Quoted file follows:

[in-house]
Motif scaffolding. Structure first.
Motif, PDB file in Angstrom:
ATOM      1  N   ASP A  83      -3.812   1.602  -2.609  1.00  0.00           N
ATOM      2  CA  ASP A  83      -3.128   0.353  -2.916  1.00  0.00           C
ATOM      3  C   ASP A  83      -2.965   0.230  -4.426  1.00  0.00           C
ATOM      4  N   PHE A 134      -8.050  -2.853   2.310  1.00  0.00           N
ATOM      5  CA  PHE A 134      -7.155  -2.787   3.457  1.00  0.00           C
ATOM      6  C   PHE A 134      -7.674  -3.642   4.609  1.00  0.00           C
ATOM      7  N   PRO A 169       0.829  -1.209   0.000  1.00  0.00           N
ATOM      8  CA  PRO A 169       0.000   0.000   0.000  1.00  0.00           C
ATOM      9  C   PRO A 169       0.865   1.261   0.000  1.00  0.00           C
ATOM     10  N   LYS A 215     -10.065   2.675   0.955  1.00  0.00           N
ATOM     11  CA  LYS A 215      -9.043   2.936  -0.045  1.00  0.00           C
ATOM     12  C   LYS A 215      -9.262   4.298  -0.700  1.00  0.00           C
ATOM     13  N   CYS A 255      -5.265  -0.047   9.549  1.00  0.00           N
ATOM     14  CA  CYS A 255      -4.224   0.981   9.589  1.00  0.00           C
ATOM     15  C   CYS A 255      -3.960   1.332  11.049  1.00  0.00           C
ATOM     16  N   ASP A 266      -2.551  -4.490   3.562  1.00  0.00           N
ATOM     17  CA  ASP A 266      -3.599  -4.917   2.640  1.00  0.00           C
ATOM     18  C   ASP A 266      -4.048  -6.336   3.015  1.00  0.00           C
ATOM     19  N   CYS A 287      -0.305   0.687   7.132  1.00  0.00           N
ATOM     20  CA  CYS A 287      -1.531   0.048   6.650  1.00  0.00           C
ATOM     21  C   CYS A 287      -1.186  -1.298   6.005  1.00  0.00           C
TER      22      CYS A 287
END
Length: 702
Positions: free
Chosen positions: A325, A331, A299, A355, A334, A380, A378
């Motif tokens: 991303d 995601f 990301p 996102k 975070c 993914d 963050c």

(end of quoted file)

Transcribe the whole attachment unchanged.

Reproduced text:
[in-house]
Motif scaffolding. Structure first.
Motif, PDB file in Angstrom:
ATOM      1  N   ASP A  83      -3.812   1.602  -2.609  1.00  0.00           N
ATOM      2  CA  ASP A  83      -3.128   0.353  -2.916  1.00  0.00           C
ATOM      3  C   ASP A  83      -2.965   0.230  -4.426  1.00  0.00           C
ATOM      4  N   PHE A 134      -8.050  -2.853   2.310  1.00  0.00           N
ATOM      5  CA  PHE A 134      -7.155  -2.787   3.457  1.00  0.00           C
ATOM      6  C   PHE A 134      -7.674  -3.642   4.609  1.00  0.00           C
ATOM      7  N   PRO A 169       0.829  -1.209   0.000  1.00  0.00           N
ATOM      8  CA  PRO A 169       0.000   0.000   0.000  1.00  0.00           C
ATOM      9  C   PRO A 169       0.865   1.261   0.000  1.00  0.00           C
ATOM     10  N   LYS A 215     -10.065   2.675   0.955  1.00  0.00           N
ATOM     11  CA  LYS A 215      -9.043   2.936  -0.045  1.00  0.00           C
ATOM     12  C   LYS A 215      -9.262   4.298  -0.700  1.00  0.00           C
ATOM     13  N   CYS A 255      -5.265  -0.047   9.549  1.00  0.00           N
ATOM     14  CA  CYS A 255      -4.224   0.981   9.589  1.00  0.00           C
ATOM     15  C   CYS A 255      -3.960   1.332  11.049  1.00  0.00           C
ATOM     16  N   ASP A 266      -2.551  -4.490   3.562  1.00  0.00           N
ATOM     17  CA  ASP A 266      -3.599  -4.917   2.640  1.00  0.00           C
ATOM     18  C   ASP A 266      -4.048  -6.336   3.015  1.00  0.00           C
ATOM     19  N   CYS A 287      -0.305   0.687   7.132  1.00  0.00           N
ATOM     20  CA  CYS A 287      -1.531   0.048   6.650  1.00  0.00           C
ATOM     21  C   CYS A 287      -1.186  -1.298   6.005  1.00  0.00           C
TER      22      CYS A 287
END
Length: 702
Positions: free
Chosen positions: A325, A331, A299, A355, A334, A380, A378
């Motif tokens: 991303d 995601f 990301p 996102k 975070c 993914d 963050c």